Toolkit: Encouraging Development through Daily Activities in a Child with Cerebral Palsy

Many treatment options are available for children with cerebral palsy (CP). However, an ongoing home program is very important in promoting your child’s development. Try some of these strategies and techniques in your daily activities. They can encourage movement, sensory stimulation, vision development, play, and self-esteem.


Work with your therapists to assess and develop a proper positioning program for your child. This will help your child engage in play and daily activities with greater ease. You and your therapist may need to adapt the car seat, high chair, or stroller to fit your child properly. Or, your child may need to incorporate some stretching into the day with the help of positioning, equipment, or orthotics. Remember to promote strength and flexibility of the trunk, arms, and legs.


During mealtimes, you can help encourage communication, sensory play with food, eye contact and social interaction, self-feeding skills, and postural control. Proper positioning with breastfeeding, bottle-feeding, and sitting in a high chair will promote better postural control and improved skills during feeding. A high chair may be adapted with the use of foam, towels, or other materials to create a good sitting posture for your child. Does your child resist specific jaw control or feeding techniques? If so, try feeding your child before family mealtime. Then let him or her be with the family and practice feeding or socializing during the family meal without the focus on chewing and swallowing.

Diaper changes

You can also facilitate vision, communication, and sensory development during diaper changes. For example, bring your child’s hands to his feet, position your child on the changing table to encourage use of the less favored side, and sing to your child. These strategies all improve development. For some children and parents, doing some gentle hip range of motion can be included during diaper changing.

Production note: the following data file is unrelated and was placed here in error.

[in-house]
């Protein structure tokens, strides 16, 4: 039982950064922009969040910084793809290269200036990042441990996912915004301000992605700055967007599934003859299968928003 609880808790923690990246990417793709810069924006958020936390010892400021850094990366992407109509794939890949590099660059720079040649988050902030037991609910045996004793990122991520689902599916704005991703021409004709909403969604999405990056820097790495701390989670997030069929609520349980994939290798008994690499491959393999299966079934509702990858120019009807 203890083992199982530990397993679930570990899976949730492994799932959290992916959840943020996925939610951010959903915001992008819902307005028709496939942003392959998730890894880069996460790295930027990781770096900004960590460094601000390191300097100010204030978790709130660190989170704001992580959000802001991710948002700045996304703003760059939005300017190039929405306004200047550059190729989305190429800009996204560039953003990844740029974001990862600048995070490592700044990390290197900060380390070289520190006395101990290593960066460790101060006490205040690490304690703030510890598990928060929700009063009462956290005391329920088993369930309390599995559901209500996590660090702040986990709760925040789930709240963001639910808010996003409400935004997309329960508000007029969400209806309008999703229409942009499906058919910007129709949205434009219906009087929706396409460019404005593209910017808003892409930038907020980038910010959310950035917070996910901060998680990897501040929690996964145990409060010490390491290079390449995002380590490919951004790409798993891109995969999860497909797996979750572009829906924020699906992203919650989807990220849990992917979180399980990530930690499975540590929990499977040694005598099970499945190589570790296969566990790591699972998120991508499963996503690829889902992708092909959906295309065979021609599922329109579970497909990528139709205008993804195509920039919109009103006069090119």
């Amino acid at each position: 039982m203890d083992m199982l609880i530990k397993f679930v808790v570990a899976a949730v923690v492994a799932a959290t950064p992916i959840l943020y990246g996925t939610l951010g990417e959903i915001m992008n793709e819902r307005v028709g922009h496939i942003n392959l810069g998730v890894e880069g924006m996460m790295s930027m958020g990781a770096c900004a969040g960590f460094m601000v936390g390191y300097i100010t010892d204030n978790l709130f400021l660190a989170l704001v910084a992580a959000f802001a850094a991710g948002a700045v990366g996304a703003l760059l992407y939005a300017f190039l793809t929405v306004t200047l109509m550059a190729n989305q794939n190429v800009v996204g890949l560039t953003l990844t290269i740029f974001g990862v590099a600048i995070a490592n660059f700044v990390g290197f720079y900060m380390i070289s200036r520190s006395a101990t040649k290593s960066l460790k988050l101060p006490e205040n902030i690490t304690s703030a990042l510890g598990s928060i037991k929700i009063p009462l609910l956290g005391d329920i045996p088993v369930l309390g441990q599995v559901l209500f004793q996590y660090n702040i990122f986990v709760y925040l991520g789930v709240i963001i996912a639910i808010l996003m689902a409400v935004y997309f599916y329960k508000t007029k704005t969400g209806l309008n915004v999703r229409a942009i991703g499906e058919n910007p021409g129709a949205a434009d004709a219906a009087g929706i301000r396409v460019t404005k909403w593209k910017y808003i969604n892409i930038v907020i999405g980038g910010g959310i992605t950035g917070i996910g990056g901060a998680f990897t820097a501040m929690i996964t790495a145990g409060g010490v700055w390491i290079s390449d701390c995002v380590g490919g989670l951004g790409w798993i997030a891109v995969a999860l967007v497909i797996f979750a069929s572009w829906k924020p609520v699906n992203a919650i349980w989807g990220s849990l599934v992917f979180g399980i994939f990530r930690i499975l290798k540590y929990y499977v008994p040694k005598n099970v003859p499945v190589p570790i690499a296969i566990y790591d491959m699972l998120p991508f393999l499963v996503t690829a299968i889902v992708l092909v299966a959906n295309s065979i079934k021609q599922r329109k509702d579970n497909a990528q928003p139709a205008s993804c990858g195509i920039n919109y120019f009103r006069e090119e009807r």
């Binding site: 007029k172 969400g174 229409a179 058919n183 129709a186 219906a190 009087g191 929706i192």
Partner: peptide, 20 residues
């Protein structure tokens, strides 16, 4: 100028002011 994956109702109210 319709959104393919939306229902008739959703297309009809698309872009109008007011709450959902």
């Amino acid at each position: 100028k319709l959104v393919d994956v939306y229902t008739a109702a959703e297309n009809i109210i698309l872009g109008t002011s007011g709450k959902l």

This is a great opportunity for play and relaxation. The warm water can create a relaxing environment for your child’s body and tight muscles. It may allow your child to have greater movement and tolerance for sensory stimulation, such as touch with bubbles, a wet washcloth, and sponge toys. If comfortable, the parent or other children can bathe with the child with CP to encourage motion and social interaction.


Your family does not need to buy expensive toys to promote development. Simple household objects often work. You want to look for toys that are easy to manipulate and are stimulating. Find toys with different colors, shapes, textures, and smells. To encourage your child to move and put things in and out of a container, you can use a kitchen colander or any big pot. Place colorful objects that make noise against the colander or pot as the child puts them in and pulls them out.